10 Signs That Your Job Sucks

By Chris Kolmar - Jan. 19, 2021
Articles In Life At Work Guide

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The dull roar of irritation and dissatisfaction with a job that flat out sucks comes about slowly but surely. One week, you may be fine with coming to work to collect a paycheck without any real enjoyment in your workdays. The next, you realize it’s not a sustainable way to live the rest of your life.

Whether you’ve been working in your position for years or just started a new job that clearly isn’t the right fit for you, it’s important to recognize the signs that your job sucks, and it’s time to do something to change this fact.

  1. You’re miserable every day at work. The first glaringly obvious sign that your job isn’t working out is that you are miserable at work every day. Most people have experienced the shuddering feeling that accompanies going into a job that they’re unhappy at. It makes the entire day a drag and slows productivity.

    This sense of misery and apprehension at the mere idea of your job is often the first noticeable clue that tells you something is amiss. There’s no sense in committing your hard work to a position that brings you so much distress.

  2. You hate working with your co-workers. Besides your family, co-workers are the people that you’ll spend the majority of your time with.

    Having an unhealthy or ineffective relationship with them has a negative impact on your work performance and overall mentality. Realizing that feelings of disdain for the people you work with have grown to the point of hatred means that there’s something seriously dysfunctional about your workplace.

    It’s time to reflect and reevaluate.

  3. You’re jealous of friends with better jobs. Someone happy with their position in life doesn’t look into the worlds of their friends with envy. When you find yourself jealous of your peers because they have “better jobs,” it’s probably coming from a place of dissatisfaction with your own position.

    Think about why you consider the professional lives of your friends to be better than yours, and what changes could be made to improve the situation.

  4. You don’t have upward mobility in your position. This sign might not become apparent unless you’ve stayed at a lousy job for many years, but it sure is aggravating.

    A job lacking upward mobility means that your employer isn’t giving you any opportunities for advancing from your current position. This behavior is usually accompanied by a failure to provide adequate raises.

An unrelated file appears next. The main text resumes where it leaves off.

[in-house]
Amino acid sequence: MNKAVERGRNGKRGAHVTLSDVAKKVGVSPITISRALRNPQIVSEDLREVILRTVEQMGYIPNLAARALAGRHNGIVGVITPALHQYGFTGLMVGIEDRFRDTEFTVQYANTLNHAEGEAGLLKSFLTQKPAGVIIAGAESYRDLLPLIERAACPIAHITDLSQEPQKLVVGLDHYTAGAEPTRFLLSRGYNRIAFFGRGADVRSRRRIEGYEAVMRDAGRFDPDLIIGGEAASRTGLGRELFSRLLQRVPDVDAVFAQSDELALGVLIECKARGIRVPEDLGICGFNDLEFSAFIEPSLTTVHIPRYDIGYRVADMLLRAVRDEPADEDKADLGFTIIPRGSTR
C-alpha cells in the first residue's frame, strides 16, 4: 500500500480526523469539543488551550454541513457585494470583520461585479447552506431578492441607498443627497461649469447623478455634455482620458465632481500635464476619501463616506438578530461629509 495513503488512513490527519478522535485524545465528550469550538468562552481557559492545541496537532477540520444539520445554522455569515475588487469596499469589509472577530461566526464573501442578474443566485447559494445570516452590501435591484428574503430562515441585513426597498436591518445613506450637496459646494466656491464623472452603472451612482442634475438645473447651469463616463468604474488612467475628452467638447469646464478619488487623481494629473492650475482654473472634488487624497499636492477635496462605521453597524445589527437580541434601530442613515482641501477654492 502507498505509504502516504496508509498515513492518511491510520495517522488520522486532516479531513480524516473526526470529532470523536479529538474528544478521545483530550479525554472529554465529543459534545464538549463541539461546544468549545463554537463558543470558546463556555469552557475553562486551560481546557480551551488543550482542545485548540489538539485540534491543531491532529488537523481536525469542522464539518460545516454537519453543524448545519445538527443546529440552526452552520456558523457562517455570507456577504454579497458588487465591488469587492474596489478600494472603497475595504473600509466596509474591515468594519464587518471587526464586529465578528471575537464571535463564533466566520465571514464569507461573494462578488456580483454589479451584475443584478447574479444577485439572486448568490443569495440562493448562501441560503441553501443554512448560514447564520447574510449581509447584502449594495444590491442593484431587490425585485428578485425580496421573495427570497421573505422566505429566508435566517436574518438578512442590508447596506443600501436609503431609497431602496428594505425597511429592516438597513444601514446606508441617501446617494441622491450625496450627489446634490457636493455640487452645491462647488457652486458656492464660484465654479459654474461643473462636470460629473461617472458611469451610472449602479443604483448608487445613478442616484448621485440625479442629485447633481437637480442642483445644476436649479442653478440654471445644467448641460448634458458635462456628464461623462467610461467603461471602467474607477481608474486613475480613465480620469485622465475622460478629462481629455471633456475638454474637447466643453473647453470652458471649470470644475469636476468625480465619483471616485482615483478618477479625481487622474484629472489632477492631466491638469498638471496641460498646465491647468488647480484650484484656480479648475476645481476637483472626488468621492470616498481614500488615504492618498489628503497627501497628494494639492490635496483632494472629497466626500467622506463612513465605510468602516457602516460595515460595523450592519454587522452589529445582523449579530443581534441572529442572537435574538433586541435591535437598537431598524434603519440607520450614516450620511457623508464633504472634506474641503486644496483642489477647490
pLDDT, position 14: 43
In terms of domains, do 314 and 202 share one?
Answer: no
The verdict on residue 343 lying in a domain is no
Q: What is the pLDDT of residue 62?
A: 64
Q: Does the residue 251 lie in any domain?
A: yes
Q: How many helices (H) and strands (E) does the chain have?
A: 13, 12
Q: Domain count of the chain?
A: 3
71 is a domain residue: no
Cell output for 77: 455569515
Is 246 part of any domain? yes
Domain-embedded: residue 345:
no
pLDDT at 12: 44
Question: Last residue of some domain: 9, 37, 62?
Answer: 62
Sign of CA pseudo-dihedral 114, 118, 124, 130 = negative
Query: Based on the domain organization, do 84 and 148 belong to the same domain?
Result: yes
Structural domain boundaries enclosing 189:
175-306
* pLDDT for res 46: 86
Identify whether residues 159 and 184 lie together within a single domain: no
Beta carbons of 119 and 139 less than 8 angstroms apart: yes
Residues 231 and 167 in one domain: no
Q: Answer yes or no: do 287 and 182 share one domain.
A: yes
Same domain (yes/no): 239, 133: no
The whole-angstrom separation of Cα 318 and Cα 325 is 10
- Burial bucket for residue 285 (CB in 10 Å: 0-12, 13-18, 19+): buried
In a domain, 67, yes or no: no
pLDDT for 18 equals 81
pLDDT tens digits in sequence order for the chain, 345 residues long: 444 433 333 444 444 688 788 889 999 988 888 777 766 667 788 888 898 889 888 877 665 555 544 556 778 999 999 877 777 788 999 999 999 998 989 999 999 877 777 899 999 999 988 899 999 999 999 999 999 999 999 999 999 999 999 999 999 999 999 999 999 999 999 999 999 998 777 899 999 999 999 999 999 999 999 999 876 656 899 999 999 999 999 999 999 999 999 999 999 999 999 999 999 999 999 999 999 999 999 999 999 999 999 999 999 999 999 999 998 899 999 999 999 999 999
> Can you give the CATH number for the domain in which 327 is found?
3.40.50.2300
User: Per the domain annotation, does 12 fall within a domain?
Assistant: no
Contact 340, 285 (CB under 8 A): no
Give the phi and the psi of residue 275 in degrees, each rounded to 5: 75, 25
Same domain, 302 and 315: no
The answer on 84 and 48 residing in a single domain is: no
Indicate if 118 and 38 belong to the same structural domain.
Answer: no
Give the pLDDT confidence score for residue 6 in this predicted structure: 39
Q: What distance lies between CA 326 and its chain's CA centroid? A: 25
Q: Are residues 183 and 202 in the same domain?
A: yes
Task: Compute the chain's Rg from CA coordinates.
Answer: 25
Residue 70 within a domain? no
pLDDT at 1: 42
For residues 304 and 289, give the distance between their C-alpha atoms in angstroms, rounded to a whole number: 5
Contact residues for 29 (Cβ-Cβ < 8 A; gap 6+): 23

Sticking with a position that doesn’t provide opportunities for growth can eat away years from your career advancement. If you’re worrying that your job doesn’t have upward mobility, it’s time to find a new job.

  5. You’re putting in more than you’re getting back. Unfortunately, many employees are familiar with the feeling that they’re giving their employers more effort than they’re being compensated for. It might start as a nagging unappreciation for your work now, but it has the potential to affect your finances eventually.

    While putting forth your best work is a good thing, it should be for a company deserving of this effort. When you’re putting in more than you’re getting back at work, start job-hunting.

  6. The job description and responsibilities aren’t as described initially. Interviewers are supposed to accurately describe what the daily tasks of the job will entail before a job offer is accepted.

    Job type you want
    Full Time
    Part Time
    Internship
    Temporary

    When you’ve started working at a new job, and the responsibilities aren’t ending up as what was originally portrayed, it can quickly create tension in the workplace. Beginning work at a job that was misrepresented feels like being cheated by the employer.

    Recognizing that a job isn’t what you initially thought it would be when you accepted the offer is grounds for establishing work-life balance boundaries and potentially drafting a letter of resignation.

  7. You feel you’re showing up to work just for the paycheck. Although the salary is a massive part of being happy with your job, it shouldn’t be the only reason that you’re coming in to work.

    When this becomes the case, it means that you’re numbing yourself to the reality that your job stinks. A job that’s only value is earning you money is detrimental to your career in the long-run.

    Approach the situation with the proper caution to avoid being left jobless without pay, but seriously think about whether the misery is worth the money.

  8. You aren’t making as much money as you deserve. On the flip side of the previous sign, a job that isn’t paying you as much money as you deserve isn’t a good place to stay long either. It demonstrates that your employer doesn’t care about you on the most basic level that they should – monetarily.

    A good salary based on your experience, education, and field isn’t an ambiguous number. There’s an agreeable range offered as a market standard for your role available to find through a simple Google search.

    Finding out the average salary of someone in your role gives you an advantage if you decide to bring these concerns to your supervisor and ask for a raise.